Join me on the Not Buying It journey and see how I get on.

Life Begins after Normal

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Let me introduce you to Monkey Man, who is well known in Kings Heath.

I had never heard of him until a couple of days ago, yet he appears to be a much loved character in Kings Heath (a suburb of Birmingham UK). As he was waiting to cross the road drivers pipped their horns and pedestrians called out ‘Hey Mr Monkey Man!’ His response was to treat us all to a little dance.

I think we need more people like this in our communities to bring some happiness into our lives. He certainly brought a smile to my face. I guess there are some that may make some derisory comments about how it is not normal to behave like this, yet what is normal?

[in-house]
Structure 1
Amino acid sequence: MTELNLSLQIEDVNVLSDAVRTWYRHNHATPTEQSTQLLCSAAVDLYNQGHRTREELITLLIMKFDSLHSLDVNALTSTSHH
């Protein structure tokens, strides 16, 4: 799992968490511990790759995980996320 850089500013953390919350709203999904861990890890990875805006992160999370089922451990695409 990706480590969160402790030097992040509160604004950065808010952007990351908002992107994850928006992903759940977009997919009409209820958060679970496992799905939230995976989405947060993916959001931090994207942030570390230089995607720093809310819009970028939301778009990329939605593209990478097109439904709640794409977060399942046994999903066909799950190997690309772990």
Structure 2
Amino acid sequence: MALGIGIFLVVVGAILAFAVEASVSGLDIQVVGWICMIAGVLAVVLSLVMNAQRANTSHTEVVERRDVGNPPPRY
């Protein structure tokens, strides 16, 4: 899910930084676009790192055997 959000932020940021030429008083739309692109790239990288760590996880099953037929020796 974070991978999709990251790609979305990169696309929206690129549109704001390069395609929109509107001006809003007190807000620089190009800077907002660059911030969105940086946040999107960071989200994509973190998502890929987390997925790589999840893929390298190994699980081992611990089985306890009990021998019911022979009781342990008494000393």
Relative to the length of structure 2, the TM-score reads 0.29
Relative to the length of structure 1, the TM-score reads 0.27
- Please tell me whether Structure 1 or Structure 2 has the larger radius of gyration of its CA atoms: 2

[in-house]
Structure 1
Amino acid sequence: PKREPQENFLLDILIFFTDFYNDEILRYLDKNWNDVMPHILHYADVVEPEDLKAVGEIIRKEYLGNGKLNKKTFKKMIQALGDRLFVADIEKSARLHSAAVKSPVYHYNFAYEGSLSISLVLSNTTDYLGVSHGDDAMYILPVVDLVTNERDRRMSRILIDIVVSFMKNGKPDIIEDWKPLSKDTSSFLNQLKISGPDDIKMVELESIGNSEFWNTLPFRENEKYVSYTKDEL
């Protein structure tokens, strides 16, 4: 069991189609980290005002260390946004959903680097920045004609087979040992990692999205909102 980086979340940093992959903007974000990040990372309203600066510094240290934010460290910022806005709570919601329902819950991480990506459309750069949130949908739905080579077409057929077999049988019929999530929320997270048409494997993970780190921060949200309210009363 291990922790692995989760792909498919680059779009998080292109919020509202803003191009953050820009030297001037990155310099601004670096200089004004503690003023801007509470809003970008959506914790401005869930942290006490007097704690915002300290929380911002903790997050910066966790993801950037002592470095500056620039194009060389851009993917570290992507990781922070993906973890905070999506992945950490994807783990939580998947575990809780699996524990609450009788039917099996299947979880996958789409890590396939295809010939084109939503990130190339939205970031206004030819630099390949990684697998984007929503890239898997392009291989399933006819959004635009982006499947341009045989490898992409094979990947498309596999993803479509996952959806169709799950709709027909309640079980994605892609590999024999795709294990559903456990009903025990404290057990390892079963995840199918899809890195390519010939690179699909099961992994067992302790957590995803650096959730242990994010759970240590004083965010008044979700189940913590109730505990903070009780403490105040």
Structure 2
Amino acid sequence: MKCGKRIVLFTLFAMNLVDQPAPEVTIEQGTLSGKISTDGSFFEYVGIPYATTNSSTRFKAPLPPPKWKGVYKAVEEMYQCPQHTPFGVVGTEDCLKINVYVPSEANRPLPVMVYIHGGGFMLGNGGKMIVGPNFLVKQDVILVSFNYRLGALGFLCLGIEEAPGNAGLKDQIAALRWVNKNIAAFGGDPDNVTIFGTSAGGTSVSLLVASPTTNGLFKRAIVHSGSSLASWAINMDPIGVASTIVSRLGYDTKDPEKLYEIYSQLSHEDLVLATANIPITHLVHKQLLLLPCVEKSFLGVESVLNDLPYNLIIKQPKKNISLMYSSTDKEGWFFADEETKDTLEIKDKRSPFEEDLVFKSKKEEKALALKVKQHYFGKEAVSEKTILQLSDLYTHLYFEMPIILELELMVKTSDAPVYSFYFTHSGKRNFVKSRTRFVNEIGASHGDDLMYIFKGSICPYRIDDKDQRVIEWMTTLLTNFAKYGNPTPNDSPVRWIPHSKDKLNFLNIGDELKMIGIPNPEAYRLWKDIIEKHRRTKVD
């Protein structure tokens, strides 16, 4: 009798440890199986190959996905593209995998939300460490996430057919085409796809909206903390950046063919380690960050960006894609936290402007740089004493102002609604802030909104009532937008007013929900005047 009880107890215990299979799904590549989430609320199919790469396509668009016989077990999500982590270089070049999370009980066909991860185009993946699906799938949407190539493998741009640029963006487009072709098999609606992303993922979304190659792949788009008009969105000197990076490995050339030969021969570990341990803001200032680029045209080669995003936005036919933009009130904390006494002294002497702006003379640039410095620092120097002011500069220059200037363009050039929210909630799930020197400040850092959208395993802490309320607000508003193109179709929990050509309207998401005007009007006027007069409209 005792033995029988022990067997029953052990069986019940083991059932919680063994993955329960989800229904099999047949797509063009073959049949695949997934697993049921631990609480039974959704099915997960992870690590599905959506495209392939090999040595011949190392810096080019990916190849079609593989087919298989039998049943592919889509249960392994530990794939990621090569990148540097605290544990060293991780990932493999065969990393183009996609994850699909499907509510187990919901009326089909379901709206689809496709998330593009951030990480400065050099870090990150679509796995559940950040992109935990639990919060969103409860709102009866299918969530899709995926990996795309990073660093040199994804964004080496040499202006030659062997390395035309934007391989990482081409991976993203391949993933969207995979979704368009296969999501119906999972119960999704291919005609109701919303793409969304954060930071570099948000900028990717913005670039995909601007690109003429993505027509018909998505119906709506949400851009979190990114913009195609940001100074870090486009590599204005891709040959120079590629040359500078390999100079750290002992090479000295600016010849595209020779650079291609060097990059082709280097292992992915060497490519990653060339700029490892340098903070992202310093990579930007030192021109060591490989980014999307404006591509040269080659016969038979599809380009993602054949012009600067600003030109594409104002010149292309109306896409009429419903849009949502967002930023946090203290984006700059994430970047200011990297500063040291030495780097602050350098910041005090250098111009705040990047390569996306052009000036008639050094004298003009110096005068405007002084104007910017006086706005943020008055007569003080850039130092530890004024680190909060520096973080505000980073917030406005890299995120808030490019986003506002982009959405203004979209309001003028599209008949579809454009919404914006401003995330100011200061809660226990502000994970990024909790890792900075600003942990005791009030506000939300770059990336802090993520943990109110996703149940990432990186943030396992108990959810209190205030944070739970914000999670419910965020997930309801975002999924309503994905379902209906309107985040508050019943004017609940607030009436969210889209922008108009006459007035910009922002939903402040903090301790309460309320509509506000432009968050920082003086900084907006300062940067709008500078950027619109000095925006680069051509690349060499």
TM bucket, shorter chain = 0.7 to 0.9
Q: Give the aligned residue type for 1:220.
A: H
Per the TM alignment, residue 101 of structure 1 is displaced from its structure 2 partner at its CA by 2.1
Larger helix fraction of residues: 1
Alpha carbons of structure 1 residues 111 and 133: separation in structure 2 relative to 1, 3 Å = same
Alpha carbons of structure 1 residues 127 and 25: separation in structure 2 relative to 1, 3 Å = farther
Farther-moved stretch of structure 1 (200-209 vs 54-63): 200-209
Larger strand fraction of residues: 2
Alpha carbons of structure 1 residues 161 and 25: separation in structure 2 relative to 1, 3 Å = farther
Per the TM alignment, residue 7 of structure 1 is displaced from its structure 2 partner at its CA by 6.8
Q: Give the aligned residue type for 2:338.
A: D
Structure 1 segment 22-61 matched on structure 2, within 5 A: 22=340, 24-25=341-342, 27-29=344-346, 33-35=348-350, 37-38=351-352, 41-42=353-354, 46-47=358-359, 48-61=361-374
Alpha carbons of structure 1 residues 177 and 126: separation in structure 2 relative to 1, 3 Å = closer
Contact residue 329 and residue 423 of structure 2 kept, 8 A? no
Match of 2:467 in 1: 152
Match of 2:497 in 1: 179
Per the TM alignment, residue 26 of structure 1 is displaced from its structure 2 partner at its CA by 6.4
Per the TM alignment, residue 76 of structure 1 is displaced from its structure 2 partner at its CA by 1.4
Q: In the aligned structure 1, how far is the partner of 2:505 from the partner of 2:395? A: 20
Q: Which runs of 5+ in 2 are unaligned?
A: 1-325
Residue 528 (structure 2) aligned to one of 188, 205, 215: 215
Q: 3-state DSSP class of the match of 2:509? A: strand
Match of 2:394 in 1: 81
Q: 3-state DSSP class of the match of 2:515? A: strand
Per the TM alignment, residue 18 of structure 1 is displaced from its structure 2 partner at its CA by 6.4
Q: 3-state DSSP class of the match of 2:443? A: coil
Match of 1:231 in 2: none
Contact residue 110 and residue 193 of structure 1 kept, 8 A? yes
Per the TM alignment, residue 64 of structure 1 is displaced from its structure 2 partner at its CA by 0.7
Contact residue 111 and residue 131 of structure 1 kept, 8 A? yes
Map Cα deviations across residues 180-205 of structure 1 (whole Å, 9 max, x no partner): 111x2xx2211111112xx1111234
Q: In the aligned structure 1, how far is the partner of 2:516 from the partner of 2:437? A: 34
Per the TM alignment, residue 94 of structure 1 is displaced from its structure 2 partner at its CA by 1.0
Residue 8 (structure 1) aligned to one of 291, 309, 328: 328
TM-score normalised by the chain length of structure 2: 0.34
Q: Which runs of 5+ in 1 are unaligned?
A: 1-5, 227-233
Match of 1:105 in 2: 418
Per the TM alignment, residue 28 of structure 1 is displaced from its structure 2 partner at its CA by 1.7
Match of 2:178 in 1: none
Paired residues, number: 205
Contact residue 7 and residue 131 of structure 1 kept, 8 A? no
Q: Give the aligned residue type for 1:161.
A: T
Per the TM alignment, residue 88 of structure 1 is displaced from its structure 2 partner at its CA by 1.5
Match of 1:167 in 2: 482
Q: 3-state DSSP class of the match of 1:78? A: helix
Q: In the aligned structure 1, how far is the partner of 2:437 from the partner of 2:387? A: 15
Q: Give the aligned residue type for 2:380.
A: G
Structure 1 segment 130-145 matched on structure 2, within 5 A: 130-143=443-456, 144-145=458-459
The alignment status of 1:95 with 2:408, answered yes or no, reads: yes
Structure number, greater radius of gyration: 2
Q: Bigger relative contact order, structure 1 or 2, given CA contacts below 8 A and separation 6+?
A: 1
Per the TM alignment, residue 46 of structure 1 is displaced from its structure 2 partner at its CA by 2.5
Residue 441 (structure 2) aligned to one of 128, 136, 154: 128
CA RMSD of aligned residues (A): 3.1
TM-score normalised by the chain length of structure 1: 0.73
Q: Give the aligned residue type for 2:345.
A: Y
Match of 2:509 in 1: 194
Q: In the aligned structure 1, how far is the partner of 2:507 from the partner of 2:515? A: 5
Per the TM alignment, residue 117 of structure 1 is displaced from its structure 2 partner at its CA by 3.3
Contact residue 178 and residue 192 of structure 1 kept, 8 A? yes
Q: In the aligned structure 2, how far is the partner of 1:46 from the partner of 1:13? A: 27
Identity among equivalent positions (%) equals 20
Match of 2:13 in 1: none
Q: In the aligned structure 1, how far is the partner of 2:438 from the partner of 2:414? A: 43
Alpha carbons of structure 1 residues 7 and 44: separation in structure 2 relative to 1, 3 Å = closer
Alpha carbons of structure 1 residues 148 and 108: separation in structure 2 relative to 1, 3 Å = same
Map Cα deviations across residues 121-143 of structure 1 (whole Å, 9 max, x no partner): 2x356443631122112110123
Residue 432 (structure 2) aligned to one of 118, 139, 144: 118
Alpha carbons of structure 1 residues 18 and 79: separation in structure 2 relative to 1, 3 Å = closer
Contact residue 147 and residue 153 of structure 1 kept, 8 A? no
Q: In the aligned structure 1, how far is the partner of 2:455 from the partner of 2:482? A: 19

We are programmed into being a one size fits all society. Go to school, pass exams, go to uni, get a job, get married, get a mortgage, have kids and work till you are too old to enjoy your pension if you are lucky enough to have one. We are defined by the job we do. And if we haven’t got a job that is a bad thing. The government want us all working, and punish those that can’t work and make life a misery for job seekers.

I am not saying that working hard and wanting a home and a family is a bad thing. It just seems to me that when you choose to live differently, press the stop button on the treadmill of life and decide that a walk in the woods is more your thing, you may be treated as if you are a little bit odd. And if you don’t know which path you will take till you get there, those who are pressing the go faster button on their own particular treadmill, seem to be threatened by what they consider your alternative lifestyle. They (as I was in the 80’s) are consumed with worry that if they don’t toe the line, they won’t get the promotion to afford get into more debt to buy a bigger house to fill with more stuff to show the world how successful they are.